Bahrain’s economy is expected to contract in 2020 due to lower international oil prices and the spread of COVID-19. Fiscal and external deficits are expected to rise sharply in 2020, reversing the narrowing path observed in 2019. The overall budget deficit is projected to only gradually narrow over 2021-22 given lower oil revenues, and the large off-budget spending. Downside risks arise from duration and depth of the twin crises of continued weakness in oil prices and COVID-19.
The decline was caused by disruptions in the non-oil economy which contracted by 1.7% (y/y), weighed down by the lockdown measures and travel restrictions, especially for services and tourism sectors where Bahrain has heavily invested. Weak consumer demand driven by social distancing and rising uncertainties due to the pandemic led to 2% (y/y) deflation in the first 7 months of 2020; rising prices expected in the next two quarters could off-set that on annual basis.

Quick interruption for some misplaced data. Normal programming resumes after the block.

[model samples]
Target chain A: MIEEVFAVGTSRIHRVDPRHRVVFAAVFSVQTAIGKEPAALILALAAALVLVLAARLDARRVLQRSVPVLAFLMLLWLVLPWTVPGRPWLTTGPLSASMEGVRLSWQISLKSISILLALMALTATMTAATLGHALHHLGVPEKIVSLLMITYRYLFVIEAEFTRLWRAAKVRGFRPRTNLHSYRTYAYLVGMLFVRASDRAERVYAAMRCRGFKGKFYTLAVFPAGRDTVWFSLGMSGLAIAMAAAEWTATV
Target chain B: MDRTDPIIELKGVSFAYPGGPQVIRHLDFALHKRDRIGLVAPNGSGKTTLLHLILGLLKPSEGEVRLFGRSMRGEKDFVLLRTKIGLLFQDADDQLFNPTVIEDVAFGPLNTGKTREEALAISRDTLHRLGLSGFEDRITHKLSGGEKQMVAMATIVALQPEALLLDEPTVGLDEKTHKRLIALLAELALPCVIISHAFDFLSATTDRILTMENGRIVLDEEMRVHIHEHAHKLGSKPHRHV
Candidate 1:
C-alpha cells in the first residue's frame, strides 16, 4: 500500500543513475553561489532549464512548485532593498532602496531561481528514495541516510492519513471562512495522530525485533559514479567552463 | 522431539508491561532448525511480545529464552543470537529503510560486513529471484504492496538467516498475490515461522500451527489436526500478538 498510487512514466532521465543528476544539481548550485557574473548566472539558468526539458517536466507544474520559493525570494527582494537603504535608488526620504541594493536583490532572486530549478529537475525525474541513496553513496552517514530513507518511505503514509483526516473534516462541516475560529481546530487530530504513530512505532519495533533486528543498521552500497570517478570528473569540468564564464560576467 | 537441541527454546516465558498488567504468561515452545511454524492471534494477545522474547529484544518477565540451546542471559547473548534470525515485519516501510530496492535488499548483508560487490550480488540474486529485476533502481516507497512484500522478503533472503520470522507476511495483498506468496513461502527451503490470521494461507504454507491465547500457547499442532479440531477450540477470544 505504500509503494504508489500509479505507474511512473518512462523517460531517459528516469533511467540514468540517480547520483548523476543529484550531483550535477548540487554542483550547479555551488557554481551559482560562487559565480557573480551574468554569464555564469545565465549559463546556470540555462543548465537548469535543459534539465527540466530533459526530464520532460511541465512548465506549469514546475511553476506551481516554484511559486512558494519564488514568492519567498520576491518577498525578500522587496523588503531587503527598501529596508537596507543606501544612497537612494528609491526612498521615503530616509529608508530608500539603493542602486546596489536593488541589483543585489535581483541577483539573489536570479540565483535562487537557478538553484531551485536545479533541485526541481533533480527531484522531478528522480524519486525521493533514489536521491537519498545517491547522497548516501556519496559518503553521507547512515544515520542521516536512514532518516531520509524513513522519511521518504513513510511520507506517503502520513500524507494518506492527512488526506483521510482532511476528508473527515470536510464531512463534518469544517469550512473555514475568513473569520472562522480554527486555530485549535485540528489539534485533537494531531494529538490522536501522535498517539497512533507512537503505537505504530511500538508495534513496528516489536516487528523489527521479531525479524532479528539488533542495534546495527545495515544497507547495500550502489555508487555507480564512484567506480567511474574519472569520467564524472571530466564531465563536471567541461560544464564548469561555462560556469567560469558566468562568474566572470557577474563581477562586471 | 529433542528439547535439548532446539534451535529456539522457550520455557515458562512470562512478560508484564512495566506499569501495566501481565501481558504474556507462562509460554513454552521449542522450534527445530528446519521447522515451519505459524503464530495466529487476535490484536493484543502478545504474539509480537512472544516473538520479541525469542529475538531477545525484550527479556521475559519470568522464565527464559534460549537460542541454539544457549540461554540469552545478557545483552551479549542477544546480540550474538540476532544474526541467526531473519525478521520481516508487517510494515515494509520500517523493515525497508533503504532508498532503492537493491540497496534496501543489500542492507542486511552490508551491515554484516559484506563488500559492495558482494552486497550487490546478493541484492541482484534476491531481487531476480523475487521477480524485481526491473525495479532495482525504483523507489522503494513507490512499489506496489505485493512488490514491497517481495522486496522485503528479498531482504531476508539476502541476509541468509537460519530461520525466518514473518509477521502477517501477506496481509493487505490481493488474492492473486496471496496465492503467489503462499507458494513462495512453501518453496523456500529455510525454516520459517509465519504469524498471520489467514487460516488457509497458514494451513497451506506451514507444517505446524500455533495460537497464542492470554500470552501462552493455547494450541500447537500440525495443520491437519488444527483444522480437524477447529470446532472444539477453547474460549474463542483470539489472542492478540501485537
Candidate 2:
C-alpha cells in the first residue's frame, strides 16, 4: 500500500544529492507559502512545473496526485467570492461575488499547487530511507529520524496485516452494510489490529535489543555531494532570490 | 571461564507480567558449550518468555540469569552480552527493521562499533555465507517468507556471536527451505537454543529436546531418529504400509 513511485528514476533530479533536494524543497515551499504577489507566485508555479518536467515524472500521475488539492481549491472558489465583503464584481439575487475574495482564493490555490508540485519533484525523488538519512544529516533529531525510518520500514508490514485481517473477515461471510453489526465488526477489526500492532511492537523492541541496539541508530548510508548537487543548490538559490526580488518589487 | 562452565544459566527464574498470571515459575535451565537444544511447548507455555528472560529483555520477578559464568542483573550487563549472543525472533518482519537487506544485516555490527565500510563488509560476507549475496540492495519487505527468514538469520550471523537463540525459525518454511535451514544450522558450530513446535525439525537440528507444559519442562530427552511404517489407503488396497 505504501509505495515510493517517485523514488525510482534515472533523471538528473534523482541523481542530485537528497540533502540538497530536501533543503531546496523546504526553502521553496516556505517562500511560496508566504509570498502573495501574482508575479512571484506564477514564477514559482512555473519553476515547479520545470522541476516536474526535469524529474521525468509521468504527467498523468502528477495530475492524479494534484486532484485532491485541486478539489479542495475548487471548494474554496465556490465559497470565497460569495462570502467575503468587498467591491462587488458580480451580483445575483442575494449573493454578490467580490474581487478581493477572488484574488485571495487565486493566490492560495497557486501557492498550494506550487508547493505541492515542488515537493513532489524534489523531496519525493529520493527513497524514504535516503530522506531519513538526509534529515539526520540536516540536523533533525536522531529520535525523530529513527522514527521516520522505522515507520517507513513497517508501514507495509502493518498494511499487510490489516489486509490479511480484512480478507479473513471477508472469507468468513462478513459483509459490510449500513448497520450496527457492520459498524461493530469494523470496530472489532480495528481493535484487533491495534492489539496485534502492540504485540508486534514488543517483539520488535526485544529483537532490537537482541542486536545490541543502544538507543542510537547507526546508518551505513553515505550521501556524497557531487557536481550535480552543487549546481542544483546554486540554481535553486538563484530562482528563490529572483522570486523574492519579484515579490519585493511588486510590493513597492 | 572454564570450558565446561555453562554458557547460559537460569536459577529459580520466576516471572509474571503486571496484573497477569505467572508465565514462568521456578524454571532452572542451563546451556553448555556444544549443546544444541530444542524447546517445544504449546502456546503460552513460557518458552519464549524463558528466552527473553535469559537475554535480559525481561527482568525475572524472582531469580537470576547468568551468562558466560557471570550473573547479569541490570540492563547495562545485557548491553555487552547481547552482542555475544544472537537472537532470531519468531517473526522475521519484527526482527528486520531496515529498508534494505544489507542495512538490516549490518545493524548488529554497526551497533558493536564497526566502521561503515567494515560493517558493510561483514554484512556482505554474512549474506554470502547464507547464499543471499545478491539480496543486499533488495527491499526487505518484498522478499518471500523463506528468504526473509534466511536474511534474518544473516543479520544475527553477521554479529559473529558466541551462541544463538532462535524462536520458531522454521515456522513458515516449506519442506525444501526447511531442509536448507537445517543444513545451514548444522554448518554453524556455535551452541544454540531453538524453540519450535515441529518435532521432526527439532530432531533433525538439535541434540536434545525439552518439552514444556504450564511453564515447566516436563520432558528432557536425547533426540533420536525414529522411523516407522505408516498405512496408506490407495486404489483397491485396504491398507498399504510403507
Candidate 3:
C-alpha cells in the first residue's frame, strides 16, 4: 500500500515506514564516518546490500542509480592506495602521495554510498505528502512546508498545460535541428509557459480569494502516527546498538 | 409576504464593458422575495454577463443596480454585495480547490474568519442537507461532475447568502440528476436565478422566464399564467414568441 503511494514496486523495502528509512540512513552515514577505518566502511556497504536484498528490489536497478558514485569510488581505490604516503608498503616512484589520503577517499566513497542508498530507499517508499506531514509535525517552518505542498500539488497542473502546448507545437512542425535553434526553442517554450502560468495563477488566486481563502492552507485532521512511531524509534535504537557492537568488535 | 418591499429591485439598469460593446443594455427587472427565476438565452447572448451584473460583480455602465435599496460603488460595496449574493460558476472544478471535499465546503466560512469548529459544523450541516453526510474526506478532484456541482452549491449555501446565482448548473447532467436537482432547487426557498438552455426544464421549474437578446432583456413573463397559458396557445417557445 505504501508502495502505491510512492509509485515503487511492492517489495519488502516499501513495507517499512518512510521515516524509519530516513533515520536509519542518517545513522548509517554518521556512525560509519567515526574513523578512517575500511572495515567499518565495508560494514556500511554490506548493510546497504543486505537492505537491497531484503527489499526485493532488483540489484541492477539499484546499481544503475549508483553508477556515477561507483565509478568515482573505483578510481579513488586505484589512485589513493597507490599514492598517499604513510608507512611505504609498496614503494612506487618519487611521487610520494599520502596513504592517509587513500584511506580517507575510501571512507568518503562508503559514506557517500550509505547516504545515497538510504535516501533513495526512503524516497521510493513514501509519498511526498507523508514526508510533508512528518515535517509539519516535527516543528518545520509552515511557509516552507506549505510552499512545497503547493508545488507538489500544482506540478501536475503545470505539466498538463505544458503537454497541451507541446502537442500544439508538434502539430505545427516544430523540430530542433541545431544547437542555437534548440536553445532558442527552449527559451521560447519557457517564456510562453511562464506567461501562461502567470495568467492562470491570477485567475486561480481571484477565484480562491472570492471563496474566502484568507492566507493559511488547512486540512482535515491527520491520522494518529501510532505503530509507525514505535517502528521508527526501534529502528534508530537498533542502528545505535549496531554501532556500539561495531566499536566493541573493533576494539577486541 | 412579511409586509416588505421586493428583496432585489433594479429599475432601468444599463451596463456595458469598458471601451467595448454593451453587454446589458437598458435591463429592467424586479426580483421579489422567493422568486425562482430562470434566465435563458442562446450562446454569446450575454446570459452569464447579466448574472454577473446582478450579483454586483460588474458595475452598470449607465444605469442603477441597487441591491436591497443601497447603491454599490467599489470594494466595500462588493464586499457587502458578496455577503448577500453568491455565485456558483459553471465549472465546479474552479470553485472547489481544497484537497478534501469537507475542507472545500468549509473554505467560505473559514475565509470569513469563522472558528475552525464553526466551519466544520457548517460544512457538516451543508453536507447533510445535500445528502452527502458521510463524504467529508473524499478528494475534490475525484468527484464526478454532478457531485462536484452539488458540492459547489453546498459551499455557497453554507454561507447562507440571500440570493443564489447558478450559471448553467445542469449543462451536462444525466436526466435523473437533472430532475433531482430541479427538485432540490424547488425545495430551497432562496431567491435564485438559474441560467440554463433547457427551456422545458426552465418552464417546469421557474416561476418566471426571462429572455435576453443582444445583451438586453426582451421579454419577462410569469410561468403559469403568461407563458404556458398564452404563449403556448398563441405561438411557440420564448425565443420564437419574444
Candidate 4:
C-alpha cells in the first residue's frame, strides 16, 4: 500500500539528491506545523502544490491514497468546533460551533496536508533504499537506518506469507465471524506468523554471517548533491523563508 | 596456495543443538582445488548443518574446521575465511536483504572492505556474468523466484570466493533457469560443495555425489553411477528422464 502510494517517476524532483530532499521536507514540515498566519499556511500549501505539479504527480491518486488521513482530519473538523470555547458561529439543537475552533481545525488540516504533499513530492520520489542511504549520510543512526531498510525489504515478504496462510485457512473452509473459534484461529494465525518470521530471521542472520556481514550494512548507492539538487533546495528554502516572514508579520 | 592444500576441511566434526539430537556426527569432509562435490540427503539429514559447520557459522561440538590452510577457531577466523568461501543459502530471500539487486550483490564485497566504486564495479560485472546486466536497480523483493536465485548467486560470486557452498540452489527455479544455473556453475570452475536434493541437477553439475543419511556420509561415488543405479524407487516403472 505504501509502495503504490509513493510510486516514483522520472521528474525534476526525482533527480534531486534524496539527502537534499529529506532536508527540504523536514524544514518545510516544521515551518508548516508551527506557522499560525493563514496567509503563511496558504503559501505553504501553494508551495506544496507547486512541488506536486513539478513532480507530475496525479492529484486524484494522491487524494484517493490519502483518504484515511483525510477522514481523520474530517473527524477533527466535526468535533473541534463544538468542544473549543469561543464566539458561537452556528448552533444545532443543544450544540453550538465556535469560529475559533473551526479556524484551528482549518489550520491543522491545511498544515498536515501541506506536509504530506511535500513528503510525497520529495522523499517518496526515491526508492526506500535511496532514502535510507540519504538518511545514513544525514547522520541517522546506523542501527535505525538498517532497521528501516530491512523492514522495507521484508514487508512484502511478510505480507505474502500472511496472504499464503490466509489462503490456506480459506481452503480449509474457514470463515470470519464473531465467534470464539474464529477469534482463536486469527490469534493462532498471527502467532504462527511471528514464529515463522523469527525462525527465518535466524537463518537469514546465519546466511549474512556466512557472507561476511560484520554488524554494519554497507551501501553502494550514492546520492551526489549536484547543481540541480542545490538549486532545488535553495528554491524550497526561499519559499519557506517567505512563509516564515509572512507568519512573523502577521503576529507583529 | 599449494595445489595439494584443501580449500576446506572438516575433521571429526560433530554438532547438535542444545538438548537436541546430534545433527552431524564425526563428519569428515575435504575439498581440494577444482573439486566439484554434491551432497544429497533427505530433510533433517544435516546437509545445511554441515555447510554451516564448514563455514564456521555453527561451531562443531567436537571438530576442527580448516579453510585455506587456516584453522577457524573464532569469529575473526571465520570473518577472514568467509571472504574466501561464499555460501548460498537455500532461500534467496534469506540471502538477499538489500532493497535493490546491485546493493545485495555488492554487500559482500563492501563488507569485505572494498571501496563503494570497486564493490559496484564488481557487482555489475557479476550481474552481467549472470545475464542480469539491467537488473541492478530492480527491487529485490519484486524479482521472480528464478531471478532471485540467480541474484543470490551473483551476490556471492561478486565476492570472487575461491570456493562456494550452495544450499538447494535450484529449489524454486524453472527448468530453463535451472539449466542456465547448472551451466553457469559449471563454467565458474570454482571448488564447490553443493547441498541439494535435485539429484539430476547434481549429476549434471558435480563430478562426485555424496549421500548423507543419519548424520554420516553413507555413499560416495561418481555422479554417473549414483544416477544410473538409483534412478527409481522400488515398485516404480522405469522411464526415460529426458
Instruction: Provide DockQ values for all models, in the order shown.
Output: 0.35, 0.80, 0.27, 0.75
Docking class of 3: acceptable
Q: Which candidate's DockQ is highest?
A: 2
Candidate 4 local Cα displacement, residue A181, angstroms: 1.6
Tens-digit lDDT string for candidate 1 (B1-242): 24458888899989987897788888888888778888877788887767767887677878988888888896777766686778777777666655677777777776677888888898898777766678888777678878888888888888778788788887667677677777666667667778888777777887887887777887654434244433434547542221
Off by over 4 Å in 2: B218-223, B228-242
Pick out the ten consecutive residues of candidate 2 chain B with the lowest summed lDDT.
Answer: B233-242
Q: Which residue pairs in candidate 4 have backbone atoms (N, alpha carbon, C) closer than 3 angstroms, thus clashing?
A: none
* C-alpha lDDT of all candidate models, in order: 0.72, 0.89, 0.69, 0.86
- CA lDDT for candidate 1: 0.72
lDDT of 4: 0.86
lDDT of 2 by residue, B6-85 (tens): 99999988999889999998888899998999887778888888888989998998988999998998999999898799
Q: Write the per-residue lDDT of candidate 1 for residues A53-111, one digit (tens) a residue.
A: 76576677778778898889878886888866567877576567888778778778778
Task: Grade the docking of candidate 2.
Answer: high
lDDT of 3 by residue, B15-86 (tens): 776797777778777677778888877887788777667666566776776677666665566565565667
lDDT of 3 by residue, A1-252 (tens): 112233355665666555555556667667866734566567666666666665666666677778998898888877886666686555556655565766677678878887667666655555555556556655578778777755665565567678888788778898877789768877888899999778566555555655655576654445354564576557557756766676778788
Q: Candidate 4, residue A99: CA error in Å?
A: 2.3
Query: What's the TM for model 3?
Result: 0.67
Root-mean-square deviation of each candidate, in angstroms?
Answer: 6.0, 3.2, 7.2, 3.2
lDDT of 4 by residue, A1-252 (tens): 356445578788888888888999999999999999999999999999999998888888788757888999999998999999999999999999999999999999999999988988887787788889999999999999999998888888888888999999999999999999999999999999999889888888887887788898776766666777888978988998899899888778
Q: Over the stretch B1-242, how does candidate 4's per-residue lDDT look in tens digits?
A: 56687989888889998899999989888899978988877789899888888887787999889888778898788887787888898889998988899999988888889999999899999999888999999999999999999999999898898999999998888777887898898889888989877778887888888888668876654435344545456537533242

Faced with further pandemic disruptions coupled with only modest recovery in oil prices over the remainder of the year, real GDP is expected to contract by 5% at end-2020. Over 2021-22, growth could bounce back to an average of 2%, supported by infrastructure projects and the pick-up in non-oil activity. Lower oil prices and large off budgetary spending, along with constrained oil production capacity are projected to widen the overall fiscal deficit to over 13% of GDP in 2020. Persistent large fiscal deficits will lead to a rapid rise in public debt estimated to reach 130% of GDP in 2020.